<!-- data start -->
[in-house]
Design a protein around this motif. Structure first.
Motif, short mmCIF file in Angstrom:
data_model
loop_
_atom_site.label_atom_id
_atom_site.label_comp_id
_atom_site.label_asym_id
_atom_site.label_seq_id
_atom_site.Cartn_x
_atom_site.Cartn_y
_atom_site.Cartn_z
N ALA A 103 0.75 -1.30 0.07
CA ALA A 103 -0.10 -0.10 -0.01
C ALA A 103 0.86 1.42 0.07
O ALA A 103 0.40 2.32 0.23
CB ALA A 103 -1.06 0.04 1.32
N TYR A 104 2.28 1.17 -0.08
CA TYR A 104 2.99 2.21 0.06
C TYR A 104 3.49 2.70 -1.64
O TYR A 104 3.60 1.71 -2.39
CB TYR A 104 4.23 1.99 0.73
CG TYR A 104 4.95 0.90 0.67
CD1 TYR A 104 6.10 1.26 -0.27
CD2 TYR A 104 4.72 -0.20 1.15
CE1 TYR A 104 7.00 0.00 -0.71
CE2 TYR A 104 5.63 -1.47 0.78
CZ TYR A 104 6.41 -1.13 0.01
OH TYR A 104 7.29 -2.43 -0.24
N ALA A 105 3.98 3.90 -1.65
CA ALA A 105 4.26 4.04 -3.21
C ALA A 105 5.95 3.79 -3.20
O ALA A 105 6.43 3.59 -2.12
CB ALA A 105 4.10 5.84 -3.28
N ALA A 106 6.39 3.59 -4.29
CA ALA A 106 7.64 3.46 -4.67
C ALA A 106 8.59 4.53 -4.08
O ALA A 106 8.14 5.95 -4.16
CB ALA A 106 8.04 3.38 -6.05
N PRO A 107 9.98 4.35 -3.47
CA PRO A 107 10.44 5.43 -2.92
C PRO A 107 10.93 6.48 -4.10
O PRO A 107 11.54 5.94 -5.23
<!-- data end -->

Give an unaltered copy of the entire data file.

[in-house]
Design a protein around this motif. Structure first.
Motif, short mmCIF file in Angstrom:
data_model
loop_
_atom_site.label_atom_id
_atom_site.label_comp_id
_atom_site.label_asym_id
_atom_site.label_seq_id
_atom_site.Cartn_x
_atom_site.Cartn_y
_atom_site.Cartn_z
N ALA A 103 0.75 -1.30 0.07
CA ALA A 103 -0.10 -0.10 -0.01
C ALA A 103 0.86 1.42 0.07
O ALA A 103 0.40 2.32 0.23
CB ALA A 103 -1.06 0.04 1.32
N TYR A 104 2.28 1.17 -0.08
CA TYR A 104 2.99 2.21 0.06
C TYR A 104 3.49 2.70 -1.64
O TYR A 104 3.60 1.71 -2.39
CB TYR A 104 4.23 1.99 0.73
CG TYR A 104 4.95 0.90 0.67
CD1 TYR A 104 6.10 1.26 -0.27
CD2 TYR A 104 4.72 -0.20 1.15
CE1 TYR A 104 7.00 0.00 -0.71
CE2 TYR A 104 5.63 -1.47 0.78
CZ TYR A 104 6.41 -1.13 0.01
OH TYR A 104 7.29 -2.43 -0.24
N ALA A 105 3.98 3.90 -1.65
CA ALA A 105 4.26 4.04 -3.21
C ALA A 105 5.95 3.79 -3.20
O ALA A 105 6.43 3.59 -2.12
CB ALA A 105 4.10 5.84 -3.28
N ALA A 106 6.39 3.59 -4.29
CA ALA A 106 7.64 3.46 -4.67
C ALA A 106 8.59 4.53 -4.08
O ALA A 106 8.14 5.95 -4.16
CB ALA A 106 8.04 3.38 -6.05
N PRO A 107 9.98 4.35 -3.47
CA PRO A 107 10.44 5.43 -2.92
C PRO A 107 10.93 6.48 -4.10
O PRO A 107 11.54 5.94 -5.23